Good Without God

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The American Atheists sent out their annual survey to known atheists expecting to get 5,000-10,000 responses.  They got 34,000.  They produced Reality Check:  Being non-religious in America in May 2020 as the first analysis with more detailed information to follow.

The 32-page report is well done with graphs, charts, photos, sidebars with participant comments, methods, and resources.  Of the 34,000 who responded, 57% identified as atheists with Humanist the next most popular label at 15%.  One in seven respondents were raised in a non-religious home but one in seven were also raised in a very religious home.  While most parents did not know of their child’s choice to reject religion, of those that did, 30% rejected the child leading to increased depression in that group.  Of the total respondents, 44% concealed their atheist status at school or work.

Of those who responded, including over 1,000 from AZ, the largest number (24%) were between 35-44 years-of-age; 58% were male; 80% were heterosexual; 33% had bachelor’s degree or higher education; 61% worked full time; 46% lived in suburban areas; and 92% were white.  While all varieties of people were represented, they were obviously not represented in the percentages they actually exist in the population.

The largest number of respondents was from the South which was also the most religious area of the country along with Utah and Idaho.  In Arizona, 20% of respondents said their community was very religious.  The more religious the community, the more discriminatory toward the non-religious.

Blacks were half as likely to have supportive parents and three times more likely to be physically assaulted.  Muslims were twice as likely to have had negative experiences with court or police. Veterans and service members had half of their negative experiences while in the service.  Youth were five times more likely to be physical assaulted and three times more likely to be depressed.

The three main policy priorities of the respondents were to maintain secular public schools, oppose legal exemptions that allow discrimination, and ensure access to abortion and other reproductive health care.

The kind of discrimination faced by atheists is illustrated by the finding in 2017 that 42% of Americans said It is necessary to believe in God to be moral and have good values.  I find that quite ironic as I have often said to people, “I may be an atheist but I’m a far better Christian than you are” (because I care about people and have morals and values).  In 2019, 40% of Americans said they would not support an atheist for president.  Article VI of the Constitution says:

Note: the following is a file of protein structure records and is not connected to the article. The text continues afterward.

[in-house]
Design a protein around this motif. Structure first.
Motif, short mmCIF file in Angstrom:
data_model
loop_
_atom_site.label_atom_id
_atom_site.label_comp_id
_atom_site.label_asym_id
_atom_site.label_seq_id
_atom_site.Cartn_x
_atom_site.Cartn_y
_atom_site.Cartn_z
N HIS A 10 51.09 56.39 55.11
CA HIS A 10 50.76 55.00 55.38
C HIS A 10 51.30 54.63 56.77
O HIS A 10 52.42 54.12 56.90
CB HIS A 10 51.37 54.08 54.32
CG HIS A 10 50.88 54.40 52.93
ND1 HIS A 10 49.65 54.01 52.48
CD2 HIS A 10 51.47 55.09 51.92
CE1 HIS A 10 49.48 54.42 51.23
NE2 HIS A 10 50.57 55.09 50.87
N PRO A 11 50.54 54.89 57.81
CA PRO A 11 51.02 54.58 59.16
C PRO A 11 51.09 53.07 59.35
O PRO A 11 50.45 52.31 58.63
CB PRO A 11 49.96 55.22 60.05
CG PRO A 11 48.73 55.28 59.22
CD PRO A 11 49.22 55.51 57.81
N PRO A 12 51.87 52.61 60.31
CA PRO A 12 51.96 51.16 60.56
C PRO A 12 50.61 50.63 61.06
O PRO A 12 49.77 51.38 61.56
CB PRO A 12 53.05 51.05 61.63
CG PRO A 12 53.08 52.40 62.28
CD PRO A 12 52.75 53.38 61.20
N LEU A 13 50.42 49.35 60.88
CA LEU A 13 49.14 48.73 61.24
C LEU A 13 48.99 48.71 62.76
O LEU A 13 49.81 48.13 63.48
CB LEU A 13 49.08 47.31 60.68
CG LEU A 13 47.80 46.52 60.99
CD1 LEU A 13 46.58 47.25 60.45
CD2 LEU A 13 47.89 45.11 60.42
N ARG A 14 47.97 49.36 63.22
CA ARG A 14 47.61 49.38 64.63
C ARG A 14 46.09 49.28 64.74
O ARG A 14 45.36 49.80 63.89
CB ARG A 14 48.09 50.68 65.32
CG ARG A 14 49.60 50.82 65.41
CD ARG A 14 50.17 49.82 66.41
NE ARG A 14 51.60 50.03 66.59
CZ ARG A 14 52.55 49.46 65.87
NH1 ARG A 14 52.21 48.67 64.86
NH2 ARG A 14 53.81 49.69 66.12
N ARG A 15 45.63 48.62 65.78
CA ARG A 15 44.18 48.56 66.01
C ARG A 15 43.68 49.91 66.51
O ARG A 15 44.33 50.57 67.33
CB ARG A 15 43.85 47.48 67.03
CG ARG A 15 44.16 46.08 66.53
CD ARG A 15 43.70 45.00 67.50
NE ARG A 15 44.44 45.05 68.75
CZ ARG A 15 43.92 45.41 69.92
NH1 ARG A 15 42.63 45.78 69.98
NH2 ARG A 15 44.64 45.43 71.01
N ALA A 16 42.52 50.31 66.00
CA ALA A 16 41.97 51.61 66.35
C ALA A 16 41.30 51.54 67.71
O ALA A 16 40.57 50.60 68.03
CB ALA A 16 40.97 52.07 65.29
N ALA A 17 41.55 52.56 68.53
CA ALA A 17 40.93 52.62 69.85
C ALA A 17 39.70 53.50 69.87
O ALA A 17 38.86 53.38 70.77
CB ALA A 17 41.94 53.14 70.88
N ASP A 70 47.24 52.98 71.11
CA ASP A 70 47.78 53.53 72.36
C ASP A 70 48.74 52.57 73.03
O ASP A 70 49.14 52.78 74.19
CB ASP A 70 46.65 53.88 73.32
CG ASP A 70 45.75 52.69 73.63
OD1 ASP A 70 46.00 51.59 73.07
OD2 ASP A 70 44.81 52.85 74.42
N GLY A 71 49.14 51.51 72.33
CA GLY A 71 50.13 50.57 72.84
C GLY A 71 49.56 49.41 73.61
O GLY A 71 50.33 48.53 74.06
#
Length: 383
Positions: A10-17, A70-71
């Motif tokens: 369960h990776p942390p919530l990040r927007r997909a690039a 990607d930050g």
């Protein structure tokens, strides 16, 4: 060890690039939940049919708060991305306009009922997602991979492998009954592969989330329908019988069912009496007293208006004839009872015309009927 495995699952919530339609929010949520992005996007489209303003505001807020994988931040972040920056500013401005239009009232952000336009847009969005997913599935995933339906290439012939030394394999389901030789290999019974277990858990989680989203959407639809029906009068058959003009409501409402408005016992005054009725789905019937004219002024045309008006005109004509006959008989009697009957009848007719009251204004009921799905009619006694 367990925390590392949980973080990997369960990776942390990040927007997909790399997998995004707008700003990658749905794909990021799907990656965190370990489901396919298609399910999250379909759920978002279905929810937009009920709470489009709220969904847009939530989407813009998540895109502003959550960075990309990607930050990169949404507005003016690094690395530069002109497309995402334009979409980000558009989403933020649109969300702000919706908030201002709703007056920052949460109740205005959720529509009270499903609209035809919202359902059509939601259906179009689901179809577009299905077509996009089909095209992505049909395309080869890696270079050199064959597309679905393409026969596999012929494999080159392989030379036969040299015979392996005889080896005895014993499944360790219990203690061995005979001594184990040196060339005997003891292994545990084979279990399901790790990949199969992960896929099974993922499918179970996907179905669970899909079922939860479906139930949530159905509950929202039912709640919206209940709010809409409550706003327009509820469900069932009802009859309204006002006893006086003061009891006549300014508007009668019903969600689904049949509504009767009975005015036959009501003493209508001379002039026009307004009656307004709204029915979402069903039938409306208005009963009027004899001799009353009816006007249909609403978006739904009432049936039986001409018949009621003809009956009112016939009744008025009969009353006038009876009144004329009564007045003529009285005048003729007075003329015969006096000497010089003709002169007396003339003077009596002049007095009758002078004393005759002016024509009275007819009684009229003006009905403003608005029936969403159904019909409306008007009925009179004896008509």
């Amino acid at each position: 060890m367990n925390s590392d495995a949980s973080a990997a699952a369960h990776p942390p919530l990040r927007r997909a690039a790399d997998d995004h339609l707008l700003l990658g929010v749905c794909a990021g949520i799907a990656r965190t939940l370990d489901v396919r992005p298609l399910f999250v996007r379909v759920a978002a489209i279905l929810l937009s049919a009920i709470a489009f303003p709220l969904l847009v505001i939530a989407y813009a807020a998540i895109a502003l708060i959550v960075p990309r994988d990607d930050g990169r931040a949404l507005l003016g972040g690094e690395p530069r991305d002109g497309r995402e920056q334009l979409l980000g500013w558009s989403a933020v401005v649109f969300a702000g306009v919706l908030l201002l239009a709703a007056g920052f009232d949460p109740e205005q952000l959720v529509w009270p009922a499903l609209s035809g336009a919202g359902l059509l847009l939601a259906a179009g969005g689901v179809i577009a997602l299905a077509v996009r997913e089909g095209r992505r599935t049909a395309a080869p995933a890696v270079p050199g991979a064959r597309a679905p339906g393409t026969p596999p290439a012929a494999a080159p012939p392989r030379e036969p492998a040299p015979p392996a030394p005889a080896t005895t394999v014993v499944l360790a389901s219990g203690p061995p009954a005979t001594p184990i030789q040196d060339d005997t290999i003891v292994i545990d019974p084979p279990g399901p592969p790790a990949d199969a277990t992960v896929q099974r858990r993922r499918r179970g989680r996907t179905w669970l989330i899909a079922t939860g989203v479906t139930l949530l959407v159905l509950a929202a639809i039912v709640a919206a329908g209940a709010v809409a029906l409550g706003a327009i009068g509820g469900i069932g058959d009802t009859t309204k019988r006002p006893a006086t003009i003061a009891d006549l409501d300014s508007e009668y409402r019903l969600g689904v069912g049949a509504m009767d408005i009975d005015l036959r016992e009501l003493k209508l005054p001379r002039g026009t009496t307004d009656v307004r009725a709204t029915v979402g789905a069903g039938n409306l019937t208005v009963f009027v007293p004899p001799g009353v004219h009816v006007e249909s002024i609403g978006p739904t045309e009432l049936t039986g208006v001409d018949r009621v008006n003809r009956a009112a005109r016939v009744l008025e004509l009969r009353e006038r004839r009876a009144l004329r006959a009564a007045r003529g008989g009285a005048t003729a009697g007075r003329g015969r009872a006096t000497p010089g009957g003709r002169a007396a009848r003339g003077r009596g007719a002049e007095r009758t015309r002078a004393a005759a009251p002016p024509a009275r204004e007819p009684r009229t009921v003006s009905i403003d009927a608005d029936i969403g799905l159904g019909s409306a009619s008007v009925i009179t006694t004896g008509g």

The Senators and Representatives before mentioned, and the Members of the several          State Legislatures, and all executive and judicial Officers, both of the United States and of    the several States, shall be bound by Oath or Affirmation, to support this Constitution; but   no religious Test shall ever be required as a Qualification to any Office or public Trust under the United States.

I’m old enough to remember when the country went into hysteria because John F. Kennedy, who was running for president, was a Catholic.  He said:

 I believe in America where the separation of church and state is absolute – where no Catholic prelate would tell the President (should he be Catholic) how to act, and no Protestant minister would tell his parishioners for whom to vote – where no church or church school is granted any public funds or political preference – and where no man is denied public office merely because his religion is different from the president who might appoint him or the people who might elect him. I believe in an America that is officially neither Catholic, Protestant nor Jewish,  where no public official either requests or accepts instructions on public policy from the Pope, the National Council of Churches or any other ecclesiastical source – where no religious body seeks to impose its will directly or indirectly upon the general populace or the public acts of its officials – and where religious liberty is so indivisible that an action against one church is treated as an act against all.